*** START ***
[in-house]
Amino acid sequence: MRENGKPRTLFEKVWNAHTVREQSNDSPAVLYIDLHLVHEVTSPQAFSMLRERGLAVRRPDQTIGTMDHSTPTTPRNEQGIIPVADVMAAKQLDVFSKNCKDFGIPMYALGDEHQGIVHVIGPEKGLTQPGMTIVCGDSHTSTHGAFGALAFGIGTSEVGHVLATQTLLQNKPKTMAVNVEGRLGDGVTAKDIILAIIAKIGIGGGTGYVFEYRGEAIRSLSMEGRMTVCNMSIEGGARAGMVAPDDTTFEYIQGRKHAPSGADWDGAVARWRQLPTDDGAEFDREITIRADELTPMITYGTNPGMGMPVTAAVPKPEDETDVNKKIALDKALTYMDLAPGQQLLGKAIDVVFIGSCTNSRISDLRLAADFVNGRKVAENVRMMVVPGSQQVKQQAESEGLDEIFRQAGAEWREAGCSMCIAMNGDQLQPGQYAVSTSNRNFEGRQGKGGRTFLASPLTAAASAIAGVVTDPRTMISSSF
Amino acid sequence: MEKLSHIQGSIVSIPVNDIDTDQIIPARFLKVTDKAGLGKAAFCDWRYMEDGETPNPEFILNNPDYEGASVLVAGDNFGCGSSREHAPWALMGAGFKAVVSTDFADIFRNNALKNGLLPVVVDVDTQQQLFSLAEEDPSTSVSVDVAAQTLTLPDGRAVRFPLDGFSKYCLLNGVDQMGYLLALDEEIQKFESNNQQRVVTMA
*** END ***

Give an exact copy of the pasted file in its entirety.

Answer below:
[in-house]
Amino acid sequence: MRENGKPRTLFEKVWNAHTVREQSNDSPAVLYIDLHLVHEVTSPQAFSMLRERGLAVRRPDQTIGTMDHSTPTTPRNEQGIIPVADVMAAKQLDVFSKNCKDFGIPMYALGDEHQGIVHVIGPEKGLTQPGMTIVCGDSHTSTHGAFGALAFGIGTSEVGHVLATQTLLQNKPKTMAVNVEGRLGDGVTAKDIILAIIAKIGIGGGTGYVFEYRGEAIRSLSMEGRMTVCNMSIEGGARAGMVAPDDTTFEYIQGRKHAPSGADWDGAVARWRQLPTDDGAEFDREITIRADELTPMITYGTNPGMGMPVTAAVPKPEDETDVNKKIALDKALTYMDLAPGQQLLGKAIDVVFIGSCTNSRISDLRLAADFVNGRKVAENVRMMVVPGSQQVKQQAESEGLDEIFRQAGAEWREAGCSMCIAMNGDQLQPGQYAVSTSNRNFEGRQGKGGRTFLASPLTAAASAIAGVVTDPRTMISSSF
Amino acid sequence: MEKLSHIQGSIVSIPVNDIDTDQIIPARFLKVTDKAGLGKAAFCDWRYMEDGETPNPEFILNNPDYEGASVLVAGDNFGCGSSREHAPWALMGAGFKAVVSTDFADIFRNNALKNGLLPVVVDVDTQQQLFSLAEEDPSTSVSVDVAAQTLTLPDGRAVRFPLDGFSKYCLLNGVDQMGYLLALDEEIQKFESNNQQRVVTMA